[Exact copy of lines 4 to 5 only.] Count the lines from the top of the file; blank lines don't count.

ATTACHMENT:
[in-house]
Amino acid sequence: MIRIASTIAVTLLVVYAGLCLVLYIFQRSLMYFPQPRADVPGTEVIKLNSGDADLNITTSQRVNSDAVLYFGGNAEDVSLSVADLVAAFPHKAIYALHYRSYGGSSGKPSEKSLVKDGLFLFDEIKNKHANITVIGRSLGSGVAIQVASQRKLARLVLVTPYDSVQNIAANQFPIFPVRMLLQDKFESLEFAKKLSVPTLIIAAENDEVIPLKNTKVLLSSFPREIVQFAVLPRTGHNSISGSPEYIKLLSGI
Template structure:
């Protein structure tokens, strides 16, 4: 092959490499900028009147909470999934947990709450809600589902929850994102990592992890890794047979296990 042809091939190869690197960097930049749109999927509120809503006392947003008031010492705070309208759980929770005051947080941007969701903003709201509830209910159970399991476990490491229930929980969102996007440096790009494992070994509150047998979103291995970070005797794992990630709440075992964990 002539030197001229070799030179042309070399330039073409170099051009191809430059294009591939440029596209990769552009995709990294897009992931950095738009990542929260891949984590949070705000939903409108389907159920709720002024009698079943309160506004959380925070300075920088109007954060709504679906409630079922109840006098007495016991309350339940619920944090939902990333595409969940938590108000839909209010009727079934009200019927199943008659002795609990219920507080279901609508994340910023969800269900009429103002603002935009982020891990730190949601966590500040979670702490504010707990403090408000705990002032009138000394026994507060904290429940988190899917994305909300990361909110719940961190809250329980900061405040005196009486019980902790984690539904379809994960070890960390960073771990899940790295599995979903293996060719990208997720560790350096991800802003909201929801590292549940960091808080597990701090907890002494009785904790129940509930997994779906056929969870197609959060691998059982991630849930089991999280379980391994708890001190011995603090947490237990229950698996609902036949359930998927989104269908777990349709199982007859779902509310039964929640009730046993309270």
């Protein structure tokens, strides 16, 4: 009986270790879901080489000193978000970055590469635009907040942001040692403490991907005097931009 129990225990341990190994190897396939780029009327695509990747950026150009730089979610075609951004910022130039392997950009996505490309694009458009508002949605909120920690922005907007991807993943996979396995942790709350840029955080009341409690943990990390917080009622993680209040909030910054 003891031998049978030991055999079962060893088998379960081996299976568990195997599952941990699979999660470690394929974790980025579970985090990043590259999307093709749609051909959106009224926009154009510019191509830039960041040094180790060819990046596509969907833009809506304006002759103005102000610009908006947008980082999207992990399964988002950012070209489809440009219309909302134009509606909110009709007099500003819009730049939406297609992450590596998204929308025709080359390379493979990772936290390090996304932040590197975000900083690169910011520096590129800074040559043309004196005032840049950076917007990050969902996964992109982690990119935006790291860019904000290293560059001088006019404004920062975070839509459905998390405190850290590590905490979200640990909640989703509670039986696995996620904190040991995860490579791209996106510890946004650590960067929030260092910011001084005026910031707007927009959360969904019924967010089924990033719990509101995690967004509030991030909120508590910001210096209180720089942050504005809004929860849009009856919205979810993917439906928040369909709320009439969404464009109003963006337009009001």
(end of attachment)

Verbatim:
């Protein structure tokens, strides 16, 4: 092959490499900028009147909470999934947990709450809600589902929850994102990592992890890794047979296990 042809091939190869690197960097930049749109999927509120809503006392947003008031010492705070309208759980929770005051947080941007969701903003709201509830209910159970399991476990490491229930929980969102996007440096790009494992070994509150047998979103291995970070005797794992990630709440075992964990 002539030197001229070799030179042309070399330039073409170099051009191809430059294009591939440029596209990769552009995709990294897009992931950095738009990542929260891949984590949070705000939903409108389907159920709720002024009698079943309160506004959380925070300075920088109007954060709504679906409630079922109840006098007495016991309350339940619920944090939902990333595409969940938590108000839909209010009727079934009200019927199943008659002795609990219920507080279901609508994340910023969800269900009429103002603002935009982020891990730190949601966590500040979670702490504010707990403090408000705990002032009138000394026994507060904290429940988190899917994305909300990361909110719940961190809250329980900061405040005196009486019980902790984690539904379809994960070890960390960073771990899940790295599995979903293996060719990208997720560790350096991800802003909201929801590292549940960091808080597990701090907890002494009785904790129940509930997994779906056929969870197609959060691998059982991630849930089991999280379980391994708890001190011995603090947490237990229950698996609902036949359930998927989104269908777990349709199982007859779902509310039964929640009730046993309270």
């Protein structure tokens, strides 16, 4: 009986270790879901080489000193978000970055590469635009907040942001040692403490991907005097931009 129990225990341990190994190897396939780029009327695509990747950026150009730089979610075609951004910022130039392997950009996505490309694009458009508002949605909120920690922005907007991807993943996979396995942790709350840029955080009341409690943990990390917080009622993680209040909030910054 003891031998049978030991055999079962060893088998379960081996299976568990195997599952941990699979999660470690394929974790980025579970985090990043590259999307093709749609051909959106009224926009154009510019191509830039960041040094180790060819990046596509969907833009809506304006002759103005102000610009908006947008980082999207992990399964988002950012070209489809440009219309909302134009509606909110009709007099500003819009730049939406297609992450590596998204929308025709080359390379493979990772936290390090996304932040590197975000900083690169910011520096590129800074040559043309004196005032840049950076917007990050969902996964992109982690990119935006790291860019904000290293560059001088006019404004920062975070839509459905998390405190850290590590905490979200640990909640989703509670039986696995996620904190040991995860490579791209996106510890946004650590960067929030260092910011001084005026910031707007927009959360969904019924967010089924990033719990509101995690967004509030991030909120508590910001210096209180720089942050504005809004929860849009009856919205979810993917439906928040369909709320009439969404464009109003963006337009009001």